The rumor that spread like wildfire was quickly confirmed today, as social games company Zynga happily announced Don Mattrick as its new CEO. The news comes not long after Microsoft made a complete reversal on its restrictive Xbox One policies, causing some industry analysts to scratch their heads.
"The timing seems awful to me. I could see Mr. Mattrick departing for greener pastures a year after the Xbox One launches, but to exit 5 months before the new platform arrives strikes me as strange," IDC research manager Lewis Ward told GamesIndustry International.
"I think this news will make some revisit and question the wisdom of the entire Xbox One strategy, at least among those who follow console platforms closely," Ward continued. "One can only assume MS performed an internal review of how the Xbox One chose its misguided DRM and connected console strategy (before the post-E3 'Xbox 180') and found the buck stopped with Mattrick."
"it's hard not to read this departure as a referendum on the current status of Xbox One, and Microsoft is clearly looking for a new direction"
"Xbox has otherwise been on a tear for the past 2 years and appears reasonably well positioned for growth. Perhaps some reason related to the broader Microsoft reorg will come to light in the next few weeks but it's hard not to read this departure as a referendum on the current status of Xbox One, and Microsoft is clearly looking for a new direction."
Strange as the move may be, some actually believe it will be good for Microsoft. Independent analyst Billy Pidgeon noted, "Microsoft's turnaround on the initial digital policy for Xbox One provided a great opportunity for Don Mattrick to leave. Microsoft can announce a new Xbox business leader and the executive shift will play as part of the strategic change for Xbox One without much negative effect on the impending launch."
EEDAR's Jesse Divnich believes things will be just fine for Xbox post-Mattrick as well. In fact, Divnich thinks that Mattrick deserves more credit for having the courage to reverse the Xbox One policies.
"Don's been an industry pioneer and a key catalyst to Microsoft's success in video games. He's leaving behind a well-crafted and very skilled team of executives that are perfectly capable of carrying the torch," he commented. "It can take months from initial engagement to when an executive decides to leave a company to join another. Any near-term events were probably unrelated to his decision, but we'll truly never know."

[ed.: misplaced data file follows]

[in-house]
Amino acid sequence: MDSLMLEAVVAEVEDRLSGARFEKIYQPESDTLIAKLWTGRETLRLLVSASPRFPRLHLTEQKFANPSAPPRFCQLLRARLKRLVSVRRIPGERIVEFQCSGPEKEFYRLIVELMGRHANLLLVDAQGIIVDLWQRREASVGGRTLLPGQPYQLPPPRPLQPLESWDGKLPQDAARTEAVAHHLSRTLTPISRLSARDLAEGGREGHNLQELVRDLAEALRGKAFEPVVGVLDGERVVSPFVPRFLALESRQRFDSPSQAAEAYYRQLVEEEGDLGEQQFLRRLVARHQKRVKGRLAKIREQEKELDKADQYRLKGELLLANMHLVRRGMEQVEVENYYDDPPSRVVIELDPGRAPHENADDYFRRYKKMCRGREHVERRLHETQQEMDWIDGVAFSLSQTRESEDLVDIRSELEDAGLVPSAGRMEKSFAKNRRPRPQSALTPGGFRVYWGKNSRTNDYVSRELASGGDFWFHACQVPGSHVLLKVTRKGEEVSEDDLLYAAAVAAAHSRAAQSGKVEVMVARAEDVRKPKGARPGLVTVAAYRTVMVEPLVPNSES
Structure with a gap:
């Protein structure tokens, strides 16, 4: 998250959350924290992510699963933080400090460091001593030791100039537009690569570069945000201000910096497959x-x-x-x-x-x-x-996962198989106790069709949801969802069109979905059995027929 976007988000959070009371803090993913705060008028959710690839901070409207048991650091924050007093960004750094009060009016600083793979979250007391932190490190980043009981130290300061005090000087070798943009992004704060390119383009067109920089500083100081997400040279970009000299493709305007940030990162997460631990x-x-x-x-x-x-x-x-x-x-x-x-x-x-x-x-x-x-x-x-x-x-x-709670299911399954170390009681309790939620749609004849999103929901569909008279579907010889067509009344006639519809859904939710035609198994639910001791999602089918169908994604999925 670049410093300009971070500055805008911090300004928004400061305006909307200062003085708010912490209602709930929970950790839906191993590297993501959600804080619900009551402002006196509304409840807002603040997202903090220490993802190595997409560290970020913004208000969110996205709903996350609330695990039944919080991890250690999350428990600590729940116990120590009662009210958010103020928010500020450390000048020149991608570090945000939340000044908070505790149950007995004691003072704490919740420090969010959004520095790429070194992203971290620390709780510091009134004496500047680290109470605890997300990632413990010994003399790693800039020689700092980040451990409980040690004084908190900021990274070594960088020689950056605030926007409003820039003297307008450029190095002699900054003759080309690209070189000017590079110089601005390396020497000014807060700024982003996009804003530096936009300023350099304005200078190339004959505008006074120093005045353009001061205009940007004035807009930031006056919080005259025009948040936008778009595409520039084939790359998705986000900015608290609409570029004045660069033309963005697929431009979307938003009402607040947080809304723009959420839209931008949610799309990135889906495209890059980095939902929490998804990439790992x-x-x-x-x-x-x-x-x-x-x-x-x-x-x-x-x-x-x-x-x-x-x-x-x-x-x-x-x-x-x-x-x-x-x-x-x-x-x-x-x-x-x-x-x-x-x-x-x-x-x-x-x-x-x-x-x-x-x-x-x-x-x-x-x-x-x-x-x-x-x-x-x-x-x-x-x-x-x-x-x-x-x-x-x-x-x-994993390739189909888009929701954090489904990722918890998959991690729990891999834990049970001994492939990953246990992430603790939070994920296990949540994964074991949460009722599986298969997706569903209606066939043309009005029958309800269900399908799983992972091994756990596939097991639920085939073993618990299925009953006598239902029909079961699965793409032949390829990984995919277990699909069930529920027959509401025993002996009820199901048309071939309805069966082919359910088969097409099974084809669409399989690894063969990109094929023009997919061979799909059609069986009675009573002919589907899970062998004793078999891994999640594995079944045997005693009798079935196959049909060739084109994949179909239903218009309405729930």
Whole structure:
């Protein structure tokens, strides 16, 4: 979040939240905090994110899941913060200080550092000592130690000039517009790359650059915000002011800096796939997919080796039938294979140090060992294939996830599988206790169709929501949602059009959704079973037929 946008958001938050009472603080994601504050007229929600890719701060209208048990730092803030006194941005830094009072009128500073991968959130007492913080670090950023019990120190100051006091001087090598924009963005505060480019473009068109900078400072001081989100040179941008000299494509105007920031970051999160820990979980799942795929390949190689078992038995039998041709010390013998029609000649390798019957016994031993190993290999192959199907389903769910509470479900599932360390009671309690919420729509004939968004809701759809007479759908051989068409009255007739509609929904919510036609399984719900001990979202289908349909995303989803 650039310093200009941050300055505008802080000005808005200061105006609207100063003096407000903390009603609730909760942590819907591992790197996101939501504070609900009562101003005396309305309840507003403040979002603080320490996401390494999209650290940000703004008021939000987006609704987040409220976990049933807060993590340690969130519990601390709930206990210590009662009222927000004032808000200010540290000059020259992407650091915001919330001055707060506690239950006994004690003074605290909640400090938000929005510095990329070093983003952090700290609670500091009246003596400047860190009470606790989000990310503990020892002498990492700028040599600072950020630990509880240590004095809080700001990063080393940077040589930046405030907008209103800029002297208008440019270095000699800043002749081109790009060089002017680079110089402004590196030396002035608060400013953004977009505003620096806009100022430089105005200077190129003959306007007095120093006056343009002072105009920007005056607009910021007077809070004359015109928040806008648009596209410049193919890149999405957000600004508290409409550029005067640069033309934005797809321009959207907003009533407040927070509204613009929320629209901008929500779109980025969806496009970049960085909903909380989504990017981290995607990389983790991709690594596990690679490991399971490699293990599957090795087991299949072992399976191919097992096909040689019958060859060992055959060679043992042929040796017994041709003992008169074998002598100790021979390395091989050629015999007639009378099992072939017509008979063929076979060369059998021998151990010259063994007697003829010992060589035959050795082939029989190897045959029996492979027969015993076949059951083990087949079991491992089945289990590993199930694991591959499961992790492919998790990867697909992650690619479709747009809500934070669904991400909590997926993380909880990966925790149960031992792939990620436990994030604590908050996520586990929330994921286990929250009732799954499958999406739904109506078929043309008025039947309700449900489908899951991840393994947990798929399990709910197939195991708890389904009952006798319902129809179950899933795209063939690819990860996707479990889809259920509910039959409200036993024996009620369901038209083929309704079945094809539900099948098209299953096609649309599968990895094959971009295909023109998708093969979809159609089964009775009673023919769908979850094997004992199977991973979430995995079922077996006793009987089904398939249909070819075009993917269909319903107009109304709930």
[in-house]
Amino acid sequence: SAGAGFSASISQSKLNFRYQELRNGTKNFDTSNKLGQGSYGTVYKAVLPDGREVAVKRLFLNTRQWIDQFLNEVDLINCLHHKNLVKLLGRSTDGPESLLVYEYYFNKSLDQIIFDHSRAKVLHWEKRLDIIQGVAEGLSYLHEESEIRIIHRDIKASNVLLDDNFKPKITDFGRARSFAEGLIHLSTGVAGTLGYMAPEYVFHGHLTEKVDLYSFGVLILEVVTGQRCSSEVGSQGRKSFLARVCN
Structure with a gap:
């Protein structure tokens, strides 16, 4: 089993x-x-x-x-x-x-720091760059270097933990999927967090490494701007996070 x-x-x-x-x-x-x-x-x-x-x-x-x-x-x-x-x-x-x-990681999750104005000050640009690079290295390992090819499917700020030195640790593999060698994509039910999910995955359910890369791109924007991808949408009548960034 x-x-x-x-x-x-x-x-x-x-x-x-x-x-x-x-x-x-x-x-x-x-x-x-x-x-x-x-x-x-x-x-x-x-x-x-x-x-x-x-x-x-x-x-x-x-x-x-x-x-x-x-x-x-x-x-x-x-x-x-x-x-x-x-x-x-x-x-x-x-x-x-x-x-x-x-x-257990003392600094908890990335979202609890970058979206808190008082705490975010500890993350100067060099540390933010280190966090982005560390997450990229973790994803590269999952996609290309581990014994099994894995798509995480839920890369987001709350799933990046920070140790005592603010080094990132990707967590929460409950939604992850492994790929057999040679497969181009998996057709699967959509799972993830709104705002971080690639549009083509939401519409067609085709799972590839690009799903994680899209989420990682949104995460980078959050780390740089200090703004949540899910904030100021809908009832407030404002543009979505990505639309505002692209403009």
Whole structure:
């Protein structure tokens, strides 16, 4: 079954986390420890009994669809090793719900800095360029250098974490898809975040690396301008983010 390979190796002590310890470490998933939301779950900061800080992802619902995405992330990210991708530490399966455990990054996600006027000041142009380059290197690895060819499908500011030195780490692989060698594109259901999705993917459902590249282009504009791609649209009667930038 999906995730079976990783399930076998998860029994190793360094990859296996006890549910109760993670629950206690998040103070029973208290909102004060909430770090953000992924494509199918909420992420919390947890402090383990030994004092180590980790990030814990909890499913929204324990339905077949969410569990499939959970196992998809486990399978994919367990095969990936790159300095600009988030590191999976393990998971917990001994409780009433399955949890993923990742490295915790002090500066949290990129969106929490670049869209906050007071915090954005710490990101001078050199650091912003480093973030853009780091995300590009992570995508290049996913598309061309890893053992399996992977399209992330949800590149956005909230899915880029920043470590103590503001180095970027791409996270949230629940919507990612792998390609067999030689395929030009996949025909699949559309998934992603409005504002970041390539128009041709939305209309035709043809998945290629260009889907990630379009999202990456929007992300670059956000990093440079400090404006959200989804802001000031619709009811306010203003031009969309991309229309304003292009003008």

"The fact that Don and the Microsoft team took an active listening approach to their consumers and reversed key business policies as quickly as they did speaks a lot to Don's integrity and work ethic. A lesser person may have kept these issues unresolved or passed them along to his successor or subordinates... I don't think anyone anticipates Don's departure to impact the Xbox One's launch."
"turning Zynga's fortunes around may be even beyond the talents of Don Mattrick, as Zynga has so badly squandered a strong position"
Analysts also had mixed opinions on Mattrick's new role as Zynga's boss. Lewis Ward was flat-out shocked. "Going to Zynga?! This is worthy of an SNL segment, 'Really?!? with Seth Meyers'. Why would Mattrick leave Xbox for a troubled company like Zynga?! I can see why Zynga would want him but why Mattrick would want to climb aboard what might generously be described as a ship that's taking on water like Zynga is unfathomable to me," he stressed.
Pidgeon wasn't much more optimistic, believing that Mattrick may be facing a huge uphill battle at a social company that's been dealing with its own upheaval. "Having Don Mattrick replace Mark Pincus will be good for Zynga in the short term. Don's talent, experience and connections would make a huge difference at most game companies, and hopefully he can help transform Zynga. However, turning Zynga's fortunes around may be even beyond the talents of Don Mattrick, as Zynga has so badly squandered a strong position in the free-to-play social sector they initially owned regionally and the company has failed to compete strongly in the mobile sector," he said.
RW Baird's Colin Sebastian has a slightly more positive view, but he's not denying the challenges that Mattrick will face at Zynga. He called Mattrick a "good catch" and "a positive development for Zynga."
"Overall, we view the appointment of Microsoft executive Don Mattrick as the new CEO of Zynga as a positive development for the company, given his industry and street credibility and experience building platforms and networks. While there was broad speculation that Mr. Mattrick was a candidate for the EA CEO position, we believe his close relationships with Zynga board members and desire to focus on mobile game development likely played some part in this decision. In our view, Zynga still faces execution challenges in a pivot from social to mobile, although now with a more credible leader at the top," he said.
"While Mr. Mattrick's relative lack of experience in mobile may be an Achilles heel, we believe his experience building networks and platforms at Microsoft should still help Zynga in pivoting away from Facebook... While there are precedents for Internet businesses run successfully by co-founders (e.g., Bezos at Amazon, Page at Google), we were increasingly wary about Mr. Pincus' balancing act between a long-term strategic vision and the company's short-term execution challenges. We also note one potential risk will be the ability for Mr. Mattrick and Mr. Pincus to agree on strategic priorities and decision making."